The proposition to pipe natural gas from the Leviathan and Aphrodite fields to the Idku LNG plant in Egypt represents the most compelling export scenario for the fields. The Egyptian option is both less politically sensitive and less capital intensive than the alternative scenarios.
Royal Dutch Shell is in discussions to buy natural gas from Israel’s Leviathan field, combine it with output from Cyprus’s Aphrodite field in which it owns a 35% stake, and pipe it to the Idku LNG plant in Egypt. The two train LNG terminal at Idku has a capacity of 7.2mn tonnes per annum and could accept gas deliveries of around 10bcm. Sufficient offtake from the LNG facility may allow for full-field developments at Leviathan and Aphrodite, unlike other export options where demand is lower.
Turkish Option Remains Mired In Political Risk
Whilst a more attractive demand market, an export route to Turkey remains politically charged. In particular, a lack of cooperation between the Turks and Cypriots will hamper any attempts to export via Turkey. Flare ups in political tension, as seen over May of this year, only further delay the build-up of trust between the two nations, needed in order to jointly approach energy supply issues.
Instead, in line with our multi-year view on the monetisation of Eastern Mediterranean gas, we see Egypt as an increasingly likely destination for Cypriot and Israeli gas. Whilst Egyptian import demand is lessening due to the proliferation of several large offshore fields, the existing LNG plants on the coast represent opportunity for export of Eastern Mediterranean gas to Europe and beyond. A risk to this export option in the near term are the depressed global LNG prices and market oversupply, which can create headwinds to securing the necessary contractual offtake. However, as a large global portfolio player, this may be less of a challenge for Shell.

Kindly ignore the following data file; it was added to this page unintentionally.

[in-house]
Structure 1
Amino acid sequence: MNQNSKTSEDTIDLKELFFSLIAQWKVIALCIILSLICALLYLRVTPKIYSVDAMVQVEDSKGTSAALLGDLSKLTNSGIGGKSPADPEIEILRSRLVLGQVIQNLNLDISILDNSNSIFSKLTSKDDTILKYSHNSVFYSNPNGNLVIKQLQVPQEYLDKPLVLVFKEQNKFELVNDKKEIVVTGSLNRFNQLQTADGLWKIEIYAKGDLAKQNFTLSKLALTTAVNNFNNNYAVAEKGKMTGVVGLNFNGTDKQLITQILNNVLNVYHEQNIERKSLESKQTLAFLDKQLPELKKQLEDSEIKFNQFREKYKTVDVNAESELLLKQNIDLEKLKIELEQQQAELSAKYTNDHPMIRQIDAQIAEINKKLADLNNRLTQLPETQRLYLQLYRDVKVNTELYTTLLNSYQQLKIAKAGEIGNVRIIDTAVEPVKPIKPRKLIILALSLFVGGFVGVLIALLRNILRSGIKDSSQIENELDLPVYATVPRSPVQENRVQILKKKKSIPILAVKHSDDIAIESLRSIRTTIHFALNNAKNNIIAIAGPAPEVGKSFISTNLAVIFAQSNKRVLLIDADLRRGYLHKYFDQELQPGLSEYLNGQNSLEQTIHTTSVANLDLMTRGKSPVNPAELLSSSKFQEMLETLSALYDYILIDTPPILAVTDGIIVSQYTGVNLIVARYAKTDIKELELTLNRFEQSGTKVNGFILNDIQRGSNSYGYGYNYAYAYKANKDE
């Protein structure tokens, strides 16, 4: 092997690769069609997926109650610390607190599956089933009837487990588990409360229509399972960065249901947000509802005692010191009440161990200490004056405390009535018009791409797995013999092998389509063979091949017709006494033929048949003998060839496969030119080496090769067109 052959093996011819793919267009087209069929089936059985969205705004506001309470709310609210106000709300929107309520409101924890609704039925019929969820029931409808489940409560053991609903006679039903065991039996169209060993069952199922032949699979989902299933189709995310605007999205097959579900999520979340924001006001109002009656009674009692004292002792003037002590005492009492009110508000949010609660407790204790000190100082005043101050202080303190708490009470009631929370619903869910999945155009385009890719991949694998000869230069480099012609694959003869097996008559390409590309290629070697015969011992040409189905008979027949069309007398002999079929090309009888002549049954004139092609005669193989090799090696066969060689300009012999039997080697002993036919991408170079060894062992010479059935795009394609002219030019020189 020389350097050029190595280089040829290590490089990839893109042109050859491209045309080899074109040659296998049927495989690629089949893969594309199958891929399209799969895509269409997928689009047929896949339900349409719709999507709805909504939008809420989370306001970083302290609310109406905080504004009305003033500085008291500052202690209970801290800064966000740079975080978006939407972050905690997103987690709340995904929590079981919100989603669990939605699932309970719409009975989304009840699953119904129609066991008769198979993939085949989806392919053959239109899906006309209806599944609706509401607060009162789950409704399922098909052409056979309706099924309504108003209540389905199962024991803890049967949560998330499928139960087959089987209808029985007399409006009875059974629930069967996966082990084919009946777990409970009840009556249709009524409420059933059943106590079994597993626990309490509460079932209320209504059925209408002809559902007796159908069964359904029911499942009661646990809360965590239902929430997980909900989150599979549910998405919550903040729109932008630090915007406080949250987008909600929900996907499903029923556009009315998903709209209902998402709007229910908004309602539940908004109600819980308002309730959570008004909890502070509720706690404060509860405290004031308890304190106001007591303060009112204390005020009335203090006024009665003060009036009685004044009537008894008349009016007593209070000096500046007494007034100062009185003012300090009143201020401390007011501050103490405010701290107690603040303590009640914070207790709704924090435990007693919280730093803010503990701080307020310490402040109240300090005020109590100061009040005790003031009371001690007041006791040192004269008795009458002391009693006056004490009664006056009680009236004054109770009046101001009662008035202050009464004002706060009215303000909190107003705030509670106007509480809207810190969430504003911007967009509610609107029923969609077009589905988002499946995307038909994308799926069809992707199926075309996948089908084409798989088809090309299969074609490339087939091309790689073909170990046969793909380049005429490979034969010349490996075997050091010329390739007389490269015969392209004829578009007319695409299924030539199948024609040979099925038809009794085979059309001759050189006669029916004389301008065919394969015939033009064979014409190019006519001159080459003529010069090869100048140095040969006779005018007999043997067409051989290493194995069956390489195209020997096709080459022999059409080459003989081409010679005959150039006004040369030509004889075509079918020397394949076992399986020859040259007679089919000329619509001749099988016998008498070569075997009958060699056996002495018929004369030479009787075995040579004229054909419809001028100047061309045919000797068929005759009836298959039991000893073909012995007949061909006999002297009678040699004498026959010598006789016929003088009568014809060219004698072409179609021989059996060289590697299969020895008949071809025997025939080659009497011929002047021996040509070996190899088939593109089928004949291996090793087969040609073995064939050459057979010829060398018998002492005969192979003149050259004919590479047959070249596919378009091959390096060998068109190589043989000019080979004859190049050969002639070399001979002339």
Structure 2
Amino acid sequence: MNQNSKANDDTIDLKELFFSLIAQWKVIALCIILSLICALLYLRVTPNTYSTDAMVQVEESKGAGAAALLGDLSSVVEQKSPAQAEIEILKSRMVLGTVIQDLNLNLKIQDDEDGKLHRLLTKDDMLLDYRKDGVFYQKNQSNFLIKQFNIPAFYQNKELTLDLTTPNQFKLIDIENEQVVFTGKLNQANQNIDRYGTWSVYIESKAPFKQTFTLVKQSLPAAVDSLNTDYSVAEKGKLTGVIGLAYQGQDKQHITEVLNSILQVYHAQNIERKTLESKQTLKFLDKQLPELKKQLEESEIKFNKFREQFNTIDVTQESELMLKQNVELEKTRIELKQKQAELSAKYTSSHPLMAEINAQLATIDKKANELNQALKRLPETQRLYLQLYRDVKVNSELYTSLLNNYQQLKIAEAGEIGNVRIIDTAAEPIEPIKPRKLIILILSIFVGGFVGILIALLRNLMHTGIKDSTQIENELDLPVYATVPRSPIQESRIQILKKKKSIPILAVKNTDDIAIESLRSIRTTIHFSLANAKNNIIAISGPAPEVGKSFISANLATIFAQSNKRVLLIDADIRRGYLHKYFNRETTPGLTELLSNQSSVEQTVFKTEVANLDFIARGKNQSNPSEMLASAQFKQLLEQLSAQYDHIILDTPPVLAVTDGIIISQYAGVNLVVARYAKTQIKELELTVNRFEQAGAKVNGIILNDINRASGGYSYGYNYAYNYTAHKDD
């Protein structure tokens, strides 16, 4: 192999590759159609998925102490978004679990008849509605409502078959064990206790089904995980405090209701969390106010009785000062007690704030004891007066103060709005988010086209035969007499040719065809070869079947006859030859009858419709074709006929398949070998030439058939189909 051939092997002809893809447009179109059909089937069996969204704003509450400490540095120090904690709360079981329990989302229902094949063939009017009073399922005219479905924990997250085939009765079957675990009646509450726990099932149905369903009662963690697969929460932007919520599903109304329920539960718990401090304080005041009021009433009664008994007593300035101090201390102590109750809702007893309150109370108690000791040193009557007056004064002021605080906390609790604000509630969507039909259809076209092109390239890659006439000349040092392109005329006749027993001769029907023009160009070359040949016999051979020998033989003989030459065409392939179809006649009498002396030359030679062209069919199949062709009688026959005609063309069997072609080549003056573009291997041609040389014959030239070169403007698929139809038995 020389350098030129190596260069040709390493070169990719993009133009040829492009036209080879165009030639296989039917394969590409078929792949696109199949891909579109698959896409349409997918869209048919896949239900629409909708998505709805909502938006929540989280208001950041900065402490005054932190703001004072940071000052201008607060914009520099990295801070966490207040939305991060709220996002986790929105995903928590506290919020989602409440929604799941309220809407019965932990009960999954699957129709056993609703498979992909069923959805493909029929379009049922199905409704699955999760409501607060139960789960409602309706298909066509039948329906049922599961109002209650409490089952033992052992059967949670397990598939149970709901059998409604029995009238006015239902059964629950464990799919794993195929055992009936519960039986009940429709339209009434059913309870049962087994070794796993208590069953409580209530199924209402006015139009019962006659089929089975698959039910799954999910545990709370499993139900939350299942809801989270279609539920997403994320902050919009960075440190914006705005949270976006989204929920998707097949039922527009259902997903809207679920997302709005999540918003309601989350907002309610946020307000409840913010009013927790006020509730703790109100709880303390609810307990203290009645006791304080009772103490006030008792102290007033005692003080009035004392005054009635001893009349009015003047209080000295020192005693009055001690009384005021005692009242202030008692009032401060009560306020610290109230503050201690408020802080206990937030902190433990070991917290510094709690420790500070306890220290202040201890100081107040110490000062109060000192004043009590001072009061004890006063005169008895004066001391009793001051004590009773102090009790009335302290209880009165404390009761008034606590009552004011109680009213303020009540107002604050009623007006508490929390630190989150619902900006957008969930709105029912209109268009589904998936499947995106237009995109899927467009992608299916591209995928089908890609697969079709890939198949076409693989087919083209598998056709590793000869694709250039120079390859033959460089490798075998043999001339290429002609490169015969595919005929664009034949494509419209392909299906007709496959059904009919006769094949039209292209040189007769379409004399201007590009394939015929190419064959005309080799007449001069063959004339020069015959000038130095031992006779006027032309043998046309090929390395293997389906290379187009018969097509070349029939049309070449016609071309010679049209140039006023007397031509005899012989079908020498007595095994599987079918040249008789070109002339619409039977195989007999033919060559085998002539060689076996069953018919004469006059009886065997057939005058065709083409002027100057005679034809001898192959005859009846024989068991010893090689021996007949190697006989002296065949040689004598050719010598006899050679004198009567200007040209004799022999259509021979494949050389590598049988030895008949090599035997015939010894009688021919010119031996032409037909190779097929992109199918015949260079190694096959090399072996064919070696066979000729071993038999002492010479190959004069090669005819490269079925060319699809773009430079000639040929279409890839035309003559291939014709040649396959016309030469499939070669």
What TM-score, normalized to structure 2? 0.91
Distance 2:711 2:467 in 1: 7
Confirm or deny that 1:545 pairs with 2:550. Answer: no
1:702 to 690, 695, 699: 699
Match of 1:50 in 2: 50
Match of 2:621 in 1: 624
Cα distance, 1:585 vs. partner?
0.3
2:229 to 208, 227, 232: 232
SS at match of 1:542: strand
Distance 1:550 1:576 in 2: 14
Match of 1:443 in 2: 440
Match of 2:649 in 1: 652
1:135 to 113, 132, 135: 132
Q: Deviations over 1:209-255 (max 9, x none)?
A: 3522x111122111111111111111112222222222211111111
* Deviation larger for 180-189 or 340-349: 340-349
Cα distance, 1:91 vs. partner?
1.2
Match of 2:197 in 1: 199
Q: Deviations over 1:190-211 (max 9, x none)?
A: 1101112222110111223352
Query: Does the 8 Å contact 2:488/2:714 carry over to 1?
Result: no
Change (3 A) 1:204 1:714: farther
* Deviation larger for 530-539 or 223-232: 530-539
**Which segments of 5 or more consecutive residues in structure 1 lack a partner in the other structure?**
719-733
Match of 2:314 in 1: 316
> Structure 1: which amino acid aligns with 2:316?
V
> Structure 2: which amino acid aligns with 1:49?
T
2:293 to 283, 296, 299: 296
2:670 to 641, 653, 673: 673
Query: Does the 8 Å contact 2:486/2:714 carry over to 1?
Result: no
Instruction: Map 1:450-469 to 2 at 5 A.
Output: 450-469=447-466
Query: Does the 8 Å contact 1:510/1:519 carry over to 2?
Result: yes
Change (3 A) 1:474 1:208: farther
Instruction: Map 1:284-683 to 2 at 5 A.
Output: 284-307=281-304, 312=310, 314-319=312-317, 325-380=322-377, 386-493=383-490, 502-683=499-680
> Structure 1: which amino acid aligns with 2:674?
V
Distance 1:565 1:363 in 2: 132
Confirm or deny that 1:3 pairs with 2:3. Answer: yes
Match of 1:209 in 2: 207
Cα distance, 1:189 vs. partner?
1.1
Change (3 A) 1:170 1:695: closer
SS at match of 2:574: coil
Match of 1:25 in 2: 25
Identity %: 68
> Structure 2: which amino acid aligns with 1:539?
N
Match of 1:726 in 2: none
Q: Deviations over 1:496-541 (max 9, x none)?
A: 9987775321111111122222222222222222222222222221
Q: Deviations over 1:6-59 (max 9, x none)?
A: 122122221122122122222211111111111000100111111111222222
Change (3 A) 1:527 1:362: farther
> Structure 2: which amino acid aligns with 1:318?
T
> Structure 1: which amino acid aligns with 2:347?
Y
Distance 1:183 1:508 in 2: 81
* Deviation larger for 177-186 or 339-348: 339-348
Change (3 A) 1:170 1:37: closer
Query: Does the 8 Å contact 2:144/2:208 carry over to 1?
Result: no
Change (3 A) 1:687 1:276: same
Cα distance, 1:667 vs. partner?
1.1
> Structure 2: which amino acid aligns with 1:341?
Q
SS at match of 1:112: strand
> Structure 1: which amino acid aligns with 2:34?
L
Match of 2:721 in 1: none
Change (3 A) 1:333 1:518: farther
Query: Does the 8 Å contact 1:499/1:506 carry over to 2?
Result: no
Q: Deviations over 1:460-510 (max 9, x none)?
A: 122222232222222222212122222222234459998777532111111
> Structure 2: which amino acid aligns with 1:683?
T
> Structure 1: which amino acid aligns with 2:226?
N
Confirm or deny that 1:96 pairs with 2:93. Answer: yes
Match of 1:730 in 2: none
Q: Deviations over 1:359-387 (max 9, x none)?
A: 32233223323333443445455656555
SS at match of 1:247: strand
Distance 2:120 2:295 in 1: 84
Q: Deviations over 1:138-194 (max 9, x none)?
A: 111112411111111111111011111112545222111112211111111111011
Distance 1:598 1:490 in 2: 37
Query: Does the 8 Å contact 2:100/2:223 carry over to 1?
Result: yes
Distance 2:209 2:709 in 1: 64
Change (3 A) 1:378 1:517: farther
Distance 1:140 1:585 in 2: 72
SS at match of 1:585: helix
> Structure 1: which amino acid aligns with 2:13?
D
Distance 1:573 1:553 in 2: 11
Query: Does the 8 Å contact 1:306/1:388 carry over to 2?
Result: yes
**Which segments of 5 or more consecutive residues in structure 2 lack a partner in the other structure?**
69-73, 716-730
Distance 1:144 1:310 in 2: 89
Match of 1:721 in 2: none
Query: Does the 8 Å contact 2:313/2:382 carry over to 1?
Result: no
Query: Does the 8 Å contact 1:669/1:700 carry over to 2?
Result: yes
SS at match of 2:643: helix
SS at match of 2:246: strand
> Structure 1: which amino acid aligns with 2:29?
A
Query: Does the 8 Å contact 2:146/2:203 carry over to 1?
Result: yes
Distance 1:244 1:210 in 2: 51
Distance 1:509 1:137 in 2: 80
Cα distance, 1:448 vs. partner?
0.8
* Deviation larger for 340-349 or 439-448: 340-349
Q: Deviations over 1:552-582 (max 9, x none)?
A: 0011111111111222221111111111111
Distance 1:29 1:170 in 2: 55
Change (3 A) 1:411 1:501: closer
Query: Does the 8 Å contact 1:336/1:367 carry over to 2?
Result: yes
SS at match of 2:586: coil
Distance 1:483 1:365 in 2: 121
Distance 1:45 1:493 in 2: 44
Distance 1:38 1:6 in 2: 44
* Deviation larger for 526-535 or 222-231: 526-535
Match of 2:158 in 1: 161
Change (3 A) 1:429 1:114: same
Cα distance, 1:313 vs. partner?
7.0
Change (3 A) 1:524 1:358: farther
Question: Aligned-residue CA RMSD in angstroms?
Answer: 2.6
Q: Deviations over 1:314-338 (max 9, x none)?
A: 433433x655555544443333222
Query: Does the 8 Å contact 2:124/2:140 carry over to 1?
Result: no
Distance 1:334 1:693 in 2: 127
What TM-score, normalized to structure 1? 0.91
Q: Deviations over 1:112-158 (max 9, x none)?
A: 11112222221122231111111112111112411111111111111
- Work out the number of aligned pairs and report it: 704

Leviathan To Combine With Cypriot Gas
Connecting the Leviathan and Aphrodite fields to the Shell-operated Idku plant in Egypt bypasses politically sensitive EEZ’s in the East Mediterranean: such a route would only require permission to pass through the EEZ of Egypt. For the Leviathan and Aphrodite partners (Leviathan: Delek Group 45.4%, Noble Energy 39.6%, Ratio Oil 15%; Aphrodite: Shell 35%, Noble Energy 35% Delek Group 30%), a pipeline to existing Egyptian LNG capacity would be a faster and, potentially, a substantially cheaper option to monetise the resource base- compared to the proposed onshore or floating LNG options or the ‘EastMed pipeline’ to Europe.
The ‘EastMed pipeline’, for which the European Commission is currently undertaking a feasibility study, plans to supply East Mediterranean gas to the European market, flowing through Crete and ultimately into Greece. We remain sceptical over the realisation of the project, most notably due to the huge capital commitment required to undertake the pipeline. Whilst a longer-term EU sales contract would be supportive of large initial capital investments in these gas developments, the project would continue to face the burden of multi-lateral negotiations between partner countries. Furthermore, the capital requirement of the pipeline itself is likely to very high, with additional technical challenges of deepwater and terrain adding to project cost.
Source: BMI View